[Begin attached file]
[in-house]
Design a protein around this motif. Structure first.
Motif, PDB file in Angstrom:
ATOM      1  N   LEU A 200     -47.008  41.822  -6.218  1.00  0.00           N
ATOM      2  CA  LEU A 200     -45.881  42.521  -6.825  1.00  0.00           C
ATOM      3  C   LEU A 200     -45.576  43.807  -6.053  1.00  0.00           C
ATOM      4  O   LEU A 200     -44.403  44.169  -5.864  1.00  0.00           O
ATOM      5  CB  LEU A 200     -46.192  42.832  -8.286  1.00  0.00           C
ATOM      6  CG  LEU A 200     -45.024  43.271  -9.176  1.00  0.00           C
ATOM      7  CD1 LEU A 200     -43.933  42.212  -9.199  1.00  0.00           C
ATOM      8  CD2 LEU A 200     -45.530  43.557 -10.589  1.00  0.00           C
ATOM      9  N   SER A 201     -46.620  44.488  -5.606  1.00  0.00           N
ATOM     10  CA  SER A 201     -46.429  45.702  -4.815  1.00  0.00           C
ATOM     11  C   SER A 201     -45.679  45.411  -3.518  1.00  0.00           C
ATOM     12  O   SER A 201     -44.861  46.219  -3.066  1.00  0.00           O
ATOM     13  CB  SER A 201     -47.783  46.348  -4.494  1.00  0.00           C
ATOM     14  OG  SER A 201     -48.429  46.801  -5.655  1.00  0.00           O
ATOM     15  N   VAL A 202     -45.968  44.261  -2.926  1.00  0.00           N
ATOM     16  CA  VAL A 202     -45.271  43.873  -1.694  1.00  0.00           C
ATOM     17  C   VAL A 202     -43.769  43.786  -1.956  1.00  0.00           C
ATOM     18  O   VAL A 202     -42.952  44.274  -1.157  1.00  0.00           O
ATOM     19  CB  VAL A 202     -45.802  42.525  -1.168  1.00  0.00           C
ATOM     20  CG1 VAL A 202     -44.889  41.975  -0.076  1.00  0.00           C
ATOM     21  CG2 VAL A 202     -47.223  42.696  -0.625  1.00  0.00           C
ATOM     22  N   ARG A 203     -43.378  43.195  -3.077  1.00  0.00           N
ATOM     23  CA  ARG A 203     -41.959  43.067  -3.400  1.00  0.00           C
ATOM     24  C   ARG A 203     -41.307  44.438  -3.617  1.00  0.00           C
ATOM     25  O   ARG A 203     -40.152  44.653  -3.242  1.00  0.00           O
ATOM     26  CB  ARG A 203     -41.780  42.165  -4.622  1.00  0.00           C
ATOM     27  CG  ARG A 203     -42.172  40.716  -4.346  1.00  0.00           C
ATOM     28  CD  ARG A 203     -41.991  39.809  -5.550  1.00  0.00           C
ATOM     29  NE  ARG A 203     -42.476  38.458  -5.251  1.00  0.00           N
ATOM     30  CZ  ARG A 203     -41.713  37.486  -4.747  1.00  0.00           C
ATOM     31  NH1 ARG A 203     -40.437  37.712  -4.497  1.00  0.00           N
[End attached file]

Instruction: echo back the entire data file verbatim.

[in-house]
Design a protein around this motif. Structure first.
Motif, PDB file in Angstrom:
ATOM      1  N   LEU A 200     -47.008  41.822  -6.218  1.00  0.00           N
ATOM      2  CA  LEU A 200     -45.881  42.521  -6.825  1.00  0.00           C
ATOM      3  C   LEU A 200     -45.576  43.807  -6.053  1.00  0.00           C
ATOM      4  O   LEU A 200     -44.403  44.169  -5.864  1.00  0.00           O
ATOM      5  CB  LEU A 200     -46.192  42.832  -8.286  1.00  0.00           C
ATOM      6  CG  LEU A 200     -45.024  43.271  -9.176  1.00  0.00           C
ATOM      7  CD1 LEU A 200     -43.933  42.212  -9.199  1.00  0.00           C
ATOM      8  CD2 LEU A 200     -45.530  43.557 -10.589  1.00  0.00           C
ATOM      9  N   SER A 201     -46.620  44.488  -5.606  1.00  0.00           N
ATOM     10  CA  SER A 201     -46.429  45.702  -4.815  1.00  0.00           C
ATOM     11  C   SER A 201     -45.679  45.411  -3.518  1.00  0.00           C
ATOM     12  O   SER A 201     -44.861  46.219  -3.066  1.00  0.00           O
ATOM     13  CB  SER A 201     -47.783  46.348  -4.494  1.00  0.00           C
ATOM     14  OG  SER A 201     -48.429  46.801  -5.655  1.00  0.00           O
ATOM     15  N   VAL A 202     -45.968  44.261  -2.926  1.00  0.00           N
ATOM     16  CA  VAL A 202     -45.271  43.873  -1.694  1.00  0.00           C
ATOM     17  C   VAL A 202     -43.769  43.786  -1.956  1.00  0.00           C
ATOM     18  O   VAL A 202     -42.952  44.274  -1.157  1.00  0.00           O
ATOM     19  CB  VAL A 202     -45.802  42.525  -1.168  1.00  0.00           C
ATOM     20  CG1 VAL A 202     -44.889  41.975  -0.076  1.00  0.00           C
ATOM     21  CG2 VAL A 202     -47.223  42.696  -0.625  1.00  0.00           C
ATOM     22  N   ARG A 203     -43.378  43.195  -3.077  1.00  0.00           N
ATOM     23  CA  ARG A 203     -41.959  43.067  -3.400  1.00  0.00           C
ATOM     24  C   ARG A 203     -41.307  44.438  -3.617  1.00  0.00           C
ATOM     25  O   ARG A 203     -40.152  44.653  -3.242  1.00  0.00           O
ATOM     26  CB  ARG A 203     -41.780  42.165  -4.622  1.00  0.00           C
ATOM     27  CG  ARG A 203     -42.172  40.716  -4.346  1.00  0.00           C
ATOM     28  CD  ARG A 203     -41.991  39.809  -5.550  1.00  0.00           C
ATOM     29  NE  ARG A 203     -42.476  38.458  -5.251  1.00  0.00           N
ATOM     30  CZ  ARG A 203     -41.713  37.486  -4.747  1.00  0.00           C
ATOM     31  NH1 ARG A 203     -40.437  37.712  -4.497  1.00  0.00           N